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ASK OCE  June, 14, 2006 Vol. 1, Issue 9


NASA recently launched three satellites that will enhance scientists’ ability to understand the weather.

GOES-N, a new geostationary operational environmental satellite designed to track hurricanes and other severe weather patterns that affect the United States, was launched from Cape Canaveral on May 25 aboard a Delta IV rocket.

The satellite, the thirteenth in the Geostationary Operational Environmental Satellite (GOES) program, is the first in the new GOES-N/O/P series. It will be renamed GOES-13 once it reaches final orbit. The GOES program is a joint effort of NASA and the National Oceanic and Atmospheric Administration (NOAA).

GOES-13 will be instrumental in supplying critical data for timely and precise forecasts and severe weather warnings, including potentially violent weather events such as tornadoes, winter storms and hurricanes. It will also monitor data on solar storm activity, relay emergency beacon distress signals, monitor the oceans, and observe drought and flood conditions.

A novel feature of GOES-13 is a dedicated broadcast capability to be used by the Emergency Managers Weather Information Network, as well as a new digital weather facsimile capability for more effective transmissions of data and products.

CloudSat and CALIPSO (Cloud-Aerosol Lidar and Infrared Pathfinder Satellite Observations) were launched from Vandenberg Air Force Base on April 28, 2006 atop a Boeing Delta II rocket. The two satellites will eventually circle approximately 705 kilometers (438 miles) above Earth in a sun-synchronous polar orbit, meaning they will always cross the equator at the same local time. Their technologies will enable scientists to study how clouds and aerosols (tiny particles suspended in the air) form, evolve and interact.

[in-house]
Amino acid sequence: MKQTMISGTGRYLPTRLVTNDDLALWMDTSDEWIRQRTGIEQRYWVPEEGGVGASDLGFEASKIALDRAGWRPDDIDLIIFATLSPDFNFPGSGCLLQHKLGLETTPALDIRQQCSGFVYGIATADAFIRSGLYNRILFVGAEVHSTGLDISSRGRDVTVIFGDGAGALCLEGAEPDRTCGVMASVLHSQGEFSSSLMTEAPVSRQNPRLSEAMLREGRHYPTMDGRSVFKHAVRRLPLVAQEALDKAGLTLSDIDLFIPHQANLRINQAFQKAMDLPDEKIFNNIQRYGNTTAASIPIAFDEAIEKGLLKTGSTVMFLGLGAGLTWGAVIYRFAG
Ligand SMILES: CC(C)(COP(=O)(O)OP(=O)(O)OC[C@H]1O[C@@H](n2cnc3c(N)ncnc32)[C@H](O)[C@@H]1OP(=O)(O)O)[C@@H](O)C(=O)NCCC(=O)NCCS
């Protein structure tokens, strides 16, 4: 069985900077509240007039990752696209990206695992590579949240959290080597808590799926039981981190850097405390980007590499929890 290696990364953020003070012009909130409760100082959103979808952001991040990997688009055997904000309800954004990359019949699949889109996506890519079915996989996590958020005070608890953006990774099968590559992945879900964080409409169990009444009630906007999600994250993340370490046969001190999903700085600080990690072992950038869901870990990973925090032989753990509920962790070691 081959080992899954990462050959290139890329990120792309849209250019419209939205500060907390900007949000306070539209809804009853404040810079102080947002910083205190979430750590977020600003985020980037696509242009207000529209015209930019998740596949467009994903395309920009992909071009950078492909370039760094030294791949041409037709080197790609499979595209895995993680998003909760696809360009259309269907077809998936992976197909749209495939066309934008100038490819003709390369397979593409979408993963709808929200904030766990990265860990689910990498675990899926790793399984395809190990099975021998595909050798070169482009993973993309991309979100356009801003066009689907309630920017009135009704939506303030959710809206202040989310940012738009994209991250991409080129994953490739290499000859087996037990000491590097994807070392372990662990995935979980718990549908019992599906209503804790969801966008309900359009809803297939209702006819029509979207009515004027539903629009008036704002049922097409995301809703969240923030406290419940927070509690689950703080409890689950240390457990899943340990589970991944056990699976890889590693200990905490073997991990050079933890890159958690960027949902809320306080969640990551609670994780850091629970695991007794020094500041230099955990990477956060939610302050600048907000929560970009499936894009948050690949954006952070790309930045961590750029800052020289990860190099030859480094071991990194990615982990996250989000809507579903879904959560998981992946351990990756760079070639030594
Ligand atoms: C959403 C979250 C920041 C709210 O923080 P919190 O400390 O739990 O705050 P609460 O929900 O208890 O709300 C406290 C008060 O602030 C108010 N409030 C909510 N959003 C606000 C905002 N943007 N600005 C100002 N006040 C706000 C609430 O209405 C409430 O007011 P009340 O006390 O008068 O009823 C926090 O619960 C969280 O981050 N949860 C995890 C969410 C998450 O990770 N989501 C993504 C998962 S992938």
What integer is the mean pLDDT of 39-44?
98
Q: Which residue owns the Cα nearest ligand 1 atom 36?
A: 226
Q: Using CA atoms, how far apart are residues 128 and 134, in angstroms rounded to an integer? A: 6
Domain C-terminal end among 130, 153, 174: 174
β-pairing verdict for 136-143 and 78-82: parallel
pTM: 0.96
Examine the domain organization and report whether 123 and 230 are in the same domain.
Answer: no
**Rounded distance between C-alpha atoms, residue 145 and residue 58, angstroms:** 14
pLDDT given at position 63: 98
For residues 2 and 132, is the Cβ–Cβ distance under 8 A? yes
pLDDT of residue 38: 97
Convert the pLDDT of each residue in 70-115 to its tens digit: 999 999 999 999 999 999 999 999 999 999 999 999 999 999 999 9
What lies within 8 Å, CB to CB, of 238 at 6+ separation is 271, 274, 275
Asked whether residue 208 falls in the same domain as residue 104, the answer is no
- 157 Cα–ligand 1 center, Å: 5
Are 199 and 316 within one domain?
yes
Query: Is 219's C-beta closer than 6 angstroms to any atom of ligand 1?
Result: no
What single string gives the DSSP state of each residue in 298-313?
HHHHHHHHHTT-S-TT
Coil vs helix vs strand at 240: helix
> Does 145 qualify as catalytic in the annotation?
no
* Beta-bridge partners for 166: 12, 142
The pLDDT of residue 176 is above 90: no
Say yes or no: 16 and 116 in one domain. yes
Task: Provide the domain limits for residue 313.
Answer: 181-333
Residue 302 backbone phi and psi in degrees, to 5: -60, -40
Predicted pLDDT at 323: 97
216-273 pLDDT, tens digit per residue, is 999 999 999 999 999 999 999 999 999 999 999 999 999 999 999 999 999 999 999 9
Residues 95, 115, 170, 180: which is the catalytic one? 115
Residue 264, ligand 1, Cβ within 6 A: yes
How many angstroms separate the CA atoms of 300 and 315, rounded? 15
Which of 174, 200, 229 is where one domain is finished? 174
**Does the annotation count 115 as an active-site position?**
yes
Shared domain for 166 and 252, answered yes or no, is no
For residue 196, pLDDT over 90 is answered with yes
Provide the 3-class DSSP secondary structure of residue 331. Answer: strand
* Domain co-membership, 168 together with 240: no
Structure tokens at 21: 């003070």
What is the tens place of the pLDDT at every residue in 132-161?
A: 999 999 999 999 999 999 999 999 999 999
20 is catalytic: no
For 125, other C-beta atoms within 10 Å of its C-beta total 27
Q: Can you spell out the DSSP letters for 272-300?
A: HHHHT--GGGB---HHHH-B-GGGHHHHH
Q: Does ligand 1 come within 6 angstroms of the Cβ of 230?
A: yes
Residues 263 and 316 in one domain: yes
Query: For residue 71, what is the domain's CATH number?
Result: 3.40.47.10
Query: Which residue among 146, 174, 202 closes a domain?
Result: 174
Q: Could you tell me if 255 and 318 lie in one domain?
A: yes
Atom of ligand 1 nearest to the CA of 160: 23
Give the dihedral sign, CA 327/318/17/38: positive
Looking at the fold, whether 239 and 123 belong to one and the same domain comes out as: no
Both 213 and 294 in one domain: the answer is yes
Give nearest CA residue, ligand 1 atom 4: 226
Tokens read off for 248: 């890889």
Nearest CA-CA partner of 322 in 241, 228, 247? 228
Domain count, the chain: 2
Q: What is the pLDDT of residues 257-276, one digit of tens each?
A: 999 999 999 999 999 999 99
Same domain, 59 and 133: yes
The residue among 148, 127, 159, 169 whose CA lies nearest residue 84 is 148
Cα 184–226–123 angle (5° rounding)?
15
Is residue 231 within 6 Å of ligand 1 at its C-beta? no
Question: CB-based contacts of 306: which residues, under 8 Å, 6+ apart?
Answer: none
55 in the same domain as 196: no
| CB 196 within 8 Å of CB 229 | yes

The satellites will fly in formation as members of NASA’s “A-Train” constellation, which also includes NASA’s Aqua and Aura satellites and the French satellite PARASOL (Polarization and Anisotropy of Reflectances for Atmospheric Sciences coupled with Observations from a Lidar). When combined, the satellite data will provide insights into the global distribution and evolution of clouds to improve weather forecasting and climate prediction.

Read more about GOES-N.

Read more about CALIPSO/Cloudsat.

In This Issue

Message from the Chief Engineer

A View from Outside: Kazakhstan’s Spacecraft Junkyard

This Week in NASA History: Sally Ride Becomes First American Woman in Space

Tim Brady to Lead APPEL Systems Engineering Effort

NASA Engineering Network Comes Online

Recent Launches: GOES-N and CALIPSO/Cloudsat

Getting Ready for the Moon, Mars and Beyond

GAO: DoD Acquisition Reforms Have Not Reduced Problems

Archimedes Archive: The Transatlantic Cable of 1866

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